Digital is Up in the Clouds

Jon Cumming CDO for ACT Government is spearheading Australia’s own digital renaissance.

Jon Cumming speaking at CxO Wellington
Jon Cumming speaking at CxO Wellington

Governments have traditionally been slow to follow the trends of the digital and even the ‘phygital’ world we find ourselves in, however, this is beginning to change, with Jon Cumming spearheading Australia’s own digital renaissance.

Cumming, Chief Digital Officer for the ACT Government, was the international speaker at OmniChannel Media’s CxO Disrupt, Wellington, and explained that the backbone of Australia’s digital transformation has been up in the clouds.

“The big winning thing for us is cloud. It’s taken us a long time to wake up to this fact that cloud is a great thing.”

Cumming believes there are many different definitions of what exactly cloud is. He defines it himself as a service with some very detailed specifications.

“Cloud services are cheap and you have to pay for them by the hour. That’s what cloud is. Cloud isn’t when you pay for things at a time.”

The many definitions of cloud infrastructure have meant it is an often misunderstood concept. If you ask a typical digital employee, they will likely not associate themselves with the data storage technology.

This is where the biggest mistake is made in most organisations, Cumming believes, as beginning, a cloud facility within the business can be a catalyst for a greater digital transformation.

“The use of cloud is absolutely a proxy for digital adoption. People who get cloud, get digital.”

By using the data that has been kept safe in the cloud storage information, both public and private organisations can learn more about the citizen and use it for a greater digital presence.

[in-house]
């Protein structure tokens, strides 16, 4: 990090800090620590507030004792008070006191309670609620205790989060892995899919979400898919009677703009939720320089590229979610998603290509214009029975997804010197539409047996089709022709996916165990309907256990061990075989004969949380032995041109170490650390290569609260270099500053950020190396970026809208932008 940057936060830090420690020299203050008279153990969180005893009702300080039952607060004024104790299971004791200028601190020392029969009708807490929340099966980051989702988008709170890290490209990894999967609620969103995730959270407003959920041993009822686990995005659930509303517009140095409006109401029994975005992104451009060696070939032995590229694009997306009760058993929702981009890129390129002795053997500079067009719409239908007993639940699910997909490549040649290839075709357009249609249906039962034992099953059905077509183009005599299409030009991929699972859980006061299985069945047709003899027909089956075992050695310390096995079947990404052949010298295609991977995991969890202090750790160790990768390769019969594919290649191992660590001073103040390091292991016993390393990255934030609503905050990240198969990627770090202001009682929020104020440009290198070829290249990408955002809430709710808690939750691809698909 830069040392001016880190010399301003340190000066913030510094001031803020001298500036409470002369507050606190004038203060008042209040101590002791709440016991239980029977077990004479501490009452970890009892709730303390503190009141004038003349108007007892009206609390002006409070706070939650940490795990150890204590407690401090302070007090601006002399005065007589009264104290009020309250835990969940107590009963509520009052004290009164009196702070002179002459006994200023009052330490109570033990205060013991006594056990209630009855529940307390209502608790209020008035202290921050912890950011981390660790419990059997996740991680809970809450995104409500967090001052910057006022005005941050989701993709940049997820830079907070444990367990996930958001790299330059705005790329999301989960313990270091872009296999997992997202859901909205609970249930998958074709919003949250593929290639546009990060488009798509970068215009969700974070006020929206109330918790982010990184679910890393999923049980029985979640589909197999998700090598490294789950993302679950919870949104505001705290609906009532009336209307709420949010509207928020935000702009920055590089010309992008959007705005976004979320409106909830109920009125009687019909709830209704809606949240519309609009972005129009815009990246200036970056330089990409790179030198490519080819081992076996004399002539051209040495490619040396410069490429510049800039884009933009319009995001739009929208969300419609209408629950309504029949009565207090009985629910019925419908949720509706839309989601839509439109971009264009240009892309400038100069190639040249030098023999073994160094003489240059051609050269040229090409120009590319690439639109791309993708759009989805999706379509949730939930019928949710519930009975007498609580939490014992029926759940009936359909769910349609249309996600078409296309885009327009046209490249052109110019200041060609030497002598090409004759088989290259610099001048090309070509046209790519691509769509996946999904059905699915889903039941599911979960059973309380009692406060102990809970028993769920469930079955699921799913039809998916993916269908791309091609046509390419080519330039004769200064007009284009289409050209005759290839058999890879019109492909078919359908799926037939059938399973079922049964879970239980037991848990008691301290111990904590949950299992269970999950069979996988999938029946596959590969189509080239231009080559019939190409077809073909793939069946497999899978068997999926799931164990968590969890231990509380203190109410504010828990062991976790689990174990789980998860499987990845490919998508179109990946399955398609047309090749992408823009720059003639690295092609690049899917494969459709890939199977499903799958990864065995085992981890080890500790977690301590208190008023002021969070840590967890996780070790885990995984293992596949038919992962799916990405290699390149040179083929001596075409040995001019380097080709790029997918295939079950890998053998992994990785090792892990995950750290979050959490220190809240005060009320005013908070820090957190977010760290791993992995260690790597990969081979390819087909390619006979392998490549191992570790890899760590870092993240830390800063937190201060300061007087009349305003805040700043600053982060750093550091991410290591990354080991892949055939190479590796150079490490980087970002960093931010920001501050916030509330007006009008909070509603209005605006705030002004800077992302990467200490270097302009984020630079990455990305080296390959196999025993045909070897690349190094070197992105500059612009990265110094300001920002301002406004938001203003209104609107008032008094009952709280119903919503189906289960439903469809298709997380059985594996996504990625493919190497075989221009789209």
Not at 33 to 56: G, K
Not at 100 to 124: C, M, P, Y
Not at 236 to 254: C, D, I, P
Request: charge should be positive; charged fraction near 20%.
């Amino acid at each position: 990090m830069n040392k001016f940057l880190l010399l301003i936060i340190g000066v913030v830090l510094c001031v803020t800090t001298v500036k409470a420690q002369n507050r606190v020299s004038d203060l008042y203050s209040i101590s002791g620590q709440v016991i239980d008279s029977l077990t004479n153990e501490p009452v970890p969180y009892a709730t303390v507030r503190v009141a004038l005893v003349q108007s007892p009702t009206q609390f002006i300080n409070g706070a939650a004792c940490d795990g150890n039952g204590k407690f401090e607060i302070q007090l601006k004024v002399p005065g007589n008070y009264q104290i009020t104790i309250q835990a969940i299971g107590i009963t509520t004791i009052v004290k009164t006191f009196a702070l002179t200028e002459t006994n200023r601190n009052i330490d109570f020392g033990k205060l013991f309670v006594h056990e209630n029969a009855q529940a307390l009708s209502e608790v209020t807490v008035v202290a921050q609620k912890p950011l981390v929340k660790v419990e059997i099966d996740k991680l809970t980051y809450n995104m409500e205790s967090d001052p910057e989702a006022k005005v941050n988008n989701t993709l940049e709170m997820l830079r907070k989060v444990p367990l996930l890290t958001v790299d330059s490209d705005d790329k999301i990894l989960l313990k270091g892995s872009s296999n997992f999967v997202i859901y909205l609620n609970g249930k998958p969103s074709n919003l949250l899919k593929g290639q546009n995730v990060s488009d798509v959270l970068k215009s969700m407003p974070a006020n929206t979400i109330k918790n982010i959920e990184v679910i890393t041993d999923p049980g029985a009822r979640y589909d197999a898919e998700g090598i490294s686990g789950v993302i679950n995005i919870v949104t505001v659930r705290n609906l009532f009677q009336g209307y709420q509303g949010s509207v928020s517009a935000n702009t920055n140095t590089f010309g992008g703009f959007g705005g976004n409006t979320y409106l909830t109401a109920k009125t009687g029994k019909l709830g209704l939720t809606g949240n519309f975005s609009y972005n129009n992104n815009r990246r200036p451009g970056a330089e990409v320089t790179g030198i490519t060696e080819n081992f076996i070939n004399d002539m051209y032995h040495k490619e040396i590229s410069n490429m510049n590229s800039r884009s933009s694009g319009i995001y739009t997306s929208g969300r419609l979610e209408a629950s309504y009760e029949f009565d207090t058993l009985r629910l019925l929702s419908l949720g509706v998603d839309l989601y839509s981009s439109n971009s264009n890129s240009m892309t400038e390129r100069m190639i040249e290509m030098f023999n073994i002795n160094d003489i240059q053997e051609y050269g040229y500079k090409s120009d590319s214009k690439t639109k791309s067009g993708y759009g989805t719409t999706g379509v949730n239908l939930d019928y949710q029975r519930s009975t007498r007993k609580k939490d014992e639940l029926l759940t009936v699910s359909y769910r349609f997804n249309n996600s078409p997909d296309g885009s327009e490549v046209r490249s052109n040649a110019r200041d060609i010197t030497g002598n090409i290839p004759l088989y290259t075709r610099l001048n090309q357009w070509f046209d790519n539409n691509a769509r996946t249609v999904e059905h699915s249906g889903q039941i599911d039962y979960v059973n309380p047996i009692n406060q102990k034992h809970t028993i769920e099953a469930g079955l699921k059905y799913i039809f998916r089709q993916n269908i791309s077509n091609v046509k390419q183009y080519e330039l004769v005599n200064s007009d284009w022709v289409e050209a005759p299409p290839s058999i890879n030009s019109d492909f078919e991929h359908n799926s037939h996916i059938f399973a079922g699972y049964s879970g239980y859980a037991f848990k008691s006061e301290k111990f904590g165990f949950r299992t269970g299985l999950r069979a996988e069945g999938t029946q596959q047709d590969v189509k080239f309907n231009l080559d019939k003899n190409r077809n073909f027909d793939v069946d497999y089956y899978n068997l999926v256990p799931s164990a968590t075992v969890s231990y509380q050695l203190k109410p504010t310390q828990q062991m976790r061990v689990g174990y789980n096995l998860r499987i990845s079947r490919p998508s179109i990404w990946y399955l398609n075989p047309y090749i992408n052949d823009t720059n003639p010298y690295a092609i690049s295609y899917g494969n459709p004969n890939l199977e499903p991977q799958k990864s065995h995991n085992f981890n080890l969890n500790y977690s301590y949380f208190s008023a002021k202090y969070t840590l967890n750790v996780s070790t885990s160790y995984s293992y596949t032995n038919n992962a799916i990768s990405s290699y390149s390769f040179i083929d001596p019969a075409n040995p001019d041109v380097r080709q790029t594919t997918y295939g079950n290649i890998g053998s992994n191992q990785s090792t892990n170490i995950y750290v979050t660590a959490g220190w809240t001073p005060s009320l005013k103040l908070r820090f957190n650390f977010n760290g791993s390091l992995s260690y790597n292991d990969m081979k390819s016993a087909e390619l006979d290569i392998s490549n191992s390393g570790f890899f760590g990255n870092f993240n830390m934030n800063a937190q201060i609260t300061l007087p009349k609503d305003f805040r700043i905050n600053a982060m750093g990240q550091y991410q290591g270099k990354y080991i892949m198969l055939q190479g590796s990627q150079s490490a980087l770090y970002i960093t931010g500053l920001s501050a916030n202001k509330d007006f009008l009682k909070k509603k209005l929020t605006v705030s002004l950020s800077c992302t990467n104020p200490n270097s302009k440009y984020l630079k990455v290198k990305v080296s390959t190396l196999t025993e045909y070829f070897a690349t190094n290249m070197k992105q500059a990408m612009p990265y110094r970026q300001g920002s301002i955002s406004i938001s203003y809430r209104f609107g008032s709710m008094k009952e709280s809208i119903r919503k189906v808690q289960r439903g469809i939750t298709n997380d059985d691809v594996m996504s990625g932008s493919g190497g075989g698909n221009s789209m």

The digital executive reflects on ACT’s own digital changes, noting how 80% of Canberra’s homeless citizens possess smartphones. Without the data, the government would have neglected the fact that these people need power outlets and wi-fi available to maintain communication.

However, Cumming warns against strategies that may seem like it is both digital and innovative, but rather being neither. A prime example being when Canberra introduced free wi-fi available in the city.

“Free wi-fi in the city is a great thing, it connects the homeless and many other good things, but it’s not digital. It’s not innovative.

Wi-fi has been around for ages and it’s just a piece of fundamental telecommunication should be doing anyway,” he explained.

Cumming also suggests that governments should be forward thinking, proactively looking at digital solutions to policies, rather than a reaction after belatedly realising that a new bill should have a digital check.

This is integral in the modern era as citizens expect to have access to the features online and via applications, not standing in a long queue at the local department.